Primary productivity controls on opportunistic bivalves during Early Jurassic oceanic deoxygenation

Caswell, Bryony A. and Coe, Angela L. (2013). Primary productivity controls on opportunistic bivalves during Early Jurassic oceanic deoxygenation. Geology, 41(11) pp. 1163–1166.

DOI: https://doi.org/10.1130/G34819.1

URL: http://geology.gsapubs.org/content/early/2013/09/0...

Abstract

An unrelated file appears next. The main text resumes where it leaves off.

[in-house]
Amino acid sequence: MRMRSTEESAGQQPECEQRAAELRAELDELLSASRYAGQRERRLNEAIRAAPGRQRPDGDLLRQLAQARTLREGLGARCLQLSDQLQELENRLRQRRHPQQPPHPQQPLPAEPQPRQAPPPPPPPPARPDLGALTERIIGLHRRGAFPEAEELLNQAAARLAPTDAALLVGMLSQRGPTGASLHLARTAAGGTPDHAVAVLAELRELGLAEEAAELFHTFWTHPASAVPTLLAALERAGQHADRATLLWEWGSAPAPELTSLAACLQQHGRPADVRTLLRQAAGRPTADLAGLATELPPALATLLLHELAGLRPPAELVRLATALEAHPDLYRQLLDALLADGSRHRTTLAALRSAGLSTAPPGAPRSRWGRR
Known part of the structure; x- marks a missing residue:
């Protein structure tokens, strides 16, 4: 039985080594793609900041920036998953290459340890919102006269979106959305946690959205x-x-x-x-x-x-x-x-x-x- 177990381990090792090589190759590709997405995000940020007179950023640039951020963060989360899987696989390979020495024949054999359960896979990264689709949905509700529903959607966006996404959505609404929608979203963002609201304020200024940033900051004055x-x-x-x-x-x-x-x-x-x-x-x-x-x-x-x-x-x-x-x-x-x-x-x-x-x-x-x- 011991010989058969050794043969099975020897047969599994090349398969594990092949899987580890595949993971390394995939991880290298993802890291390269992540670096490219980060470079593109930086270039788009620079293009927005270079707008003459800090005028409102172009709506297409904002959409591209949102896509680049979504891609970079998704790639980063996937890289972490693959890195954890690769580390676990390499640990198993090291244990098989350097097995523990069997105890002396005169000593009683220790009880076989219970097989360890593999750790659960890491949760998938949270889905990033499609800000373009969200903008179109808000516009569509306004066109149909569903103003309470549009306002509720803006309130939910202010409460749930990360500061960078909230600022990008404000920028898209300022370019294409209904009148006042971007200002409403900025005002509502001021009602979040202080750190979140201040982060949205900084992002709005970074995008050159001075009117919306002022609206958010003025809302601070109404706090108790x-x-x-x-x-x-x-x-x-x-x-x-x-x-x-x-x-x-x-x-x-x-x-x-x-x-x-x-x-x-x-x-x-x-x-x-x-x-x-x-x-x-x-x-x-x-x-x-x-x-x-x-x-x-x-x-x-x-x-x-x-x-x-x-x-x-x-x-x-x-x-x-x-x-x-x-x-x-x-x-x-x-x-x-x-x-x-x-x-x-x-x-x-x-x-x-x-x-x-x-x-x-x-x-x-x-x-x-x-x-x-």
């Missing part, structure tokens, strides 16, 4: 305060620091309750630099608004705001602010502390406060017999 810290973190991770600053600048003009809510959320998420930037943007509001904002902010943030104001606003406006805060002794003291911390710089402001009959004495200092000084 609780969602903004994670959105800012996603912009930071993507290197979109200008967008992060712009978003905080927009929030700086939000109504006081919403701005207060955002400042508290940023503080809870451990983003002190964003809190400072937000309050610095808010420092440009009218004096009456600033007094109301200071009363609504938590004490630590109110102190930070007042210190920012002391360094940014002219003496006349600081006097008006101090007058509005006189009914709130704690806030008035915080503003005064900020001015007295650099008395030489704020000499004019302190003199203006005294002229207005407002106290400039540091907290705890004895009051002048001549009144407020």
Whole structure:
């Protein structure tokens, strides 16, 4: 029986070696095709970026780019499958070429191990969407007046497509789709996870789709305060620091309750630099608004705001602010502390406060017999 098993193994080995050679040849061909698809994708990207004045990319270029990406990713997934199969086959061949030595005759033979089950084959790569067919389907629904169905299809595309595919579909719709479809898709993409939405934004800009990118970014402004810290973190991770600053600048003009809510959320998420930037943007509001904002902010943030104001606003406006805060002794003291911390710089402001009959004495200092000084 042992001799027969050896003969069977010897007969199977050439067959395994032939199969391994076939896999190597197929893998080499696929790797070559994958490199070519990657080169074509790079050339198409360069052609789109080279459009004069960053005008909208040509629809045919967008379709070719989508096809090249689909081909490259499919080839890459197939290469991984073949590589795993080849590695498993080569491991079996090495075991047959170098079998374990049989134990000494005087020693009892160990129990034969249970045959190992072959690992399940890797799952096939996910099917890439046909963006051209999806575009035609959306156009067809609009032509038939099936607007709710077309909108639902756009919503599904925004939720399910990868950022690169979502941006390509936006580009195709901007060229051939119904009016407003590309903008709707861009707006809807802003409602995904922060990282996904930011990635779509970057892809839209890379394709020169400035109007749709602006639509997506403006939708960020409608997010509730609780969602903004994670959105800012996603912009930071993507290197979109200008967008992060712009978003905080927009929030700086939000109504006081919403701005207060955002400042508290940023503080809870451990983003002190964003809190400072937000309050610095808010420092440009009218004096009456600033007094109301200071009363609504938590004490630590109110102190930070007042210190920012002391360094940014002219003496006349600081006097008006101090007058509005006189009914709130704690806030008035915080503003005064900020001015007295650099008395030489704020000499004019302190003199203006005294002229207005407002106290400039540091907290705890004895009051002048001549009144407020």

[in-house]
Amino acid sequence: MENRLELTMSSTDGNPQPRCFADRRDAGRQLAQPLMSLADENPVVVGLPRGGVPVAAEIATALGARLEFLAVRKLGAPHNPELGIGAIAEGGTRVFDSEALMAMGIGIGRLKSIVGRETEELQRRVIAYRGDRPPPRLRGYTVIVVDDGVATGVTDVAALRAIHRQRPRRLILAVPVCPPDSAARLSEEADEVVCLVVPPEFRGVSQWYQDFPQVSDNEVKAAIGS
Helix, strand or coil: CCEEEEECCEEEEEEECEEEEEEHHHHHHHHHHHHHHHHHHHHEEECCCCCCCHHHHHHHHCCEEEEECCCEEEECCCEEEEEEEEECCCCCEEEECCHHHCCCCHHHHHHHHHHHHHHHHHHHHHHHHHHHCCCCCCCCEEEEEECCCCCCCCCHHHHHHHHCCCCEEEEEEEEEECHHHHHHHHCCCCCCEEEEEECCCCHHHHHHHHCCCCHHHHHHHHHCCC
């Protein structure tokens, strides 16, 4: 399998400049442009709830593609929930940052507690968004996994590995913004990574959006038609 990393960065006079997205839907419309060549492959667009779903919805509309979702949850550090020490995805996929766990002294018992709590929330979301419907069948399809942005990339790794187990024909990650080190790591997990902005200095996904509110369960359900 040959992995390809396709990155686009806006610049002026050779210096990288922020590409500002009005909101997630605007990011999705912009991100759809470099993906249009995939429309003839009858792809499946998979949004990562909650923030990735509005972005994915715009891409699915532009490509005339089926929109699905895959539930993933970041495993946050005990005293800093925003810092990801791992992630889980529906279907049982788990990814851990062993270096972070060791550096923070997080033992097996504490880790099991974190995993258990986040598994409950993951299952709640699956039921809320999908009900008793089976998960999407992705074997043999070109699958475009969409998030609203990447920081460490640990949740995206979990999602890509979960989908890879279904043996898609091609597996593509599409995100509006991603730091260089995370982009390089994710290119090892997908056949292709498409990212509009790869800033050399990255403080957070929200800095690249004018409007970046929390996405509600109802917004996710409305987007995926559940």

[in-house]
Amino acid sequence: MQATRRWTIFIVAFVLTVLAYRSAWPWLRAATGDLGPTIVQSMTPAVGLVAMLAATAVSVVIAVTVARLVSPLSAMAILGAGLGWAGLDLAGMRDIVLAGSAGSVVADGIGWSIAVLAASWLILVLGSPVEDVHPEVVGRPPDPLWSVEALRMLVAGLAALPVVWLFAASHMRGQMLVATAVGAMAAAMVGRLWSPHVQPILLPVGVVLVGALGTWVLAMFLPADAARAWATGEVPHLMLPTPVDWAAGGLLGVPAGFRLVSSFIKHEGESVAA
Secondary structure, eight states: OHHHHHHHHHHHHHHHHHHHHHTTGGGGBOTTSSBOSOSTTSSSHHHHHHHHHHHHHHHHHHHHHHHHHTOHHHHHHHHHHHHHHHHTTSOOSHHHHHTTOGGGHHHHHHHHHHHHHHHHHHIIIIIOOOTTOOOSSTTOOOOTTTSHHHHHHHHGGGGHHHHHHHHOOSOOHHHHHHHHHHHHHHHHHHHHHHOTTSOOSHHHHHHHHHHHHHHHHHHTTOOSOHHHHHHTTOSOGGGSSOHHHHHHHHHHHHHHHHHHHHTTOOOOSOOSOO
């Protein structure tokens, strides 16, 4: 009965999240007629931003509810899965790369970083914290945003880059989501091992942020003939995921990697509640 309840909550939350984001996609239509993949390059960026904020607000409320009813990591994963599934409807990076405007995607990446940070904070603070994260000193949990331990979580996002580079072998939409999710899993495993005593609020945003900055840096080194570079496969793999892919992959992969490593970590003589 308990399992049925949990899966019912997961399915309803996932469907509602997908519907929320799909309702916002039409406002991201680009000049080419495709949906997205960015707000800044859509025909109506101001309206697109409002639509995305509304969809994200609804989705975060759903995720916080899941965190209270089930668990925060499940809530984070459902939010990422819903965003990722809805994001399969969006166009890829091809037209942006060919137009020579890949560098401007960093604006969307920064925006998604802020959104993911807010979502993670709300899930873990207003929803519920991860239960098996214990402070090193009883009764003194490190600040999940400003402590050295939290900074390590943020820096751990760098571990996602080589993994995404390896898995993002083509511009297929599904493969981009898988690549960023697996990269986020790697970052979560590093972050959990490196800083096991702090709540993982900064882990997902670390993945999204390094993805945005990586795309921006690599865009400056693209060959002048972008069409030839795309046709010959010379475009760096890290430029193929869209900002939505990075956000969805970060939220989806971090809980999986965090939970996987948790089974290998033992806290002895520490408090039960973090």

Severe paleoclimatic change during the Toarcian (Early Jurassic) oceanic anoxic event (OAE) was characterized by a negative δ13C excursion, increased weathering, higher seawater temperatures, oceanic deoxygenation, and mass extinction. We present abundance and size data (n ≈ 36,000) for the two dominant epifaunal bivalve species from the Toarcian OAE, Yorkshire, UK. We statistically correlate the biotic data with geochemical proxies for environmental change and show that our results are comparable with changes in present-day ecosystems affected by hypoxia. Bositra radiata dominated during declining oxygen levels immediately before the Toarcian OAE sensu stricto, and shell size doubled when δ13Corg was decreasing, indicating a connection with primary productivity. Small Pseudomytiloides dubius dominated during the Toarcian OAE and varied sharply in abundance, indicating that it was highly opportunistic. P. dubius shell size is strongly related to Mo concentration, [Mo]; this indicates a relationship between size and N2-fixing primary productivity via [Mo] limitation. A secondary factor contributing to small shell size was lower oxygen levels. After the Toarcian OAE diversity increased, P. dubius was less abundant and shell size doubled, indicating that bivalve populations were less limited by resources and conditions were more favorable. Size frequency distributions show that both Toarcian species had short life spans, rapid generation times, high recruitment, and high juvenile mortality. The opportunist Mulinia lateralis is a present-day analog for P. dubius. This research provides a case study for the long-term impacts of deoxygenation upon marine ecosystems, including that being observed today.

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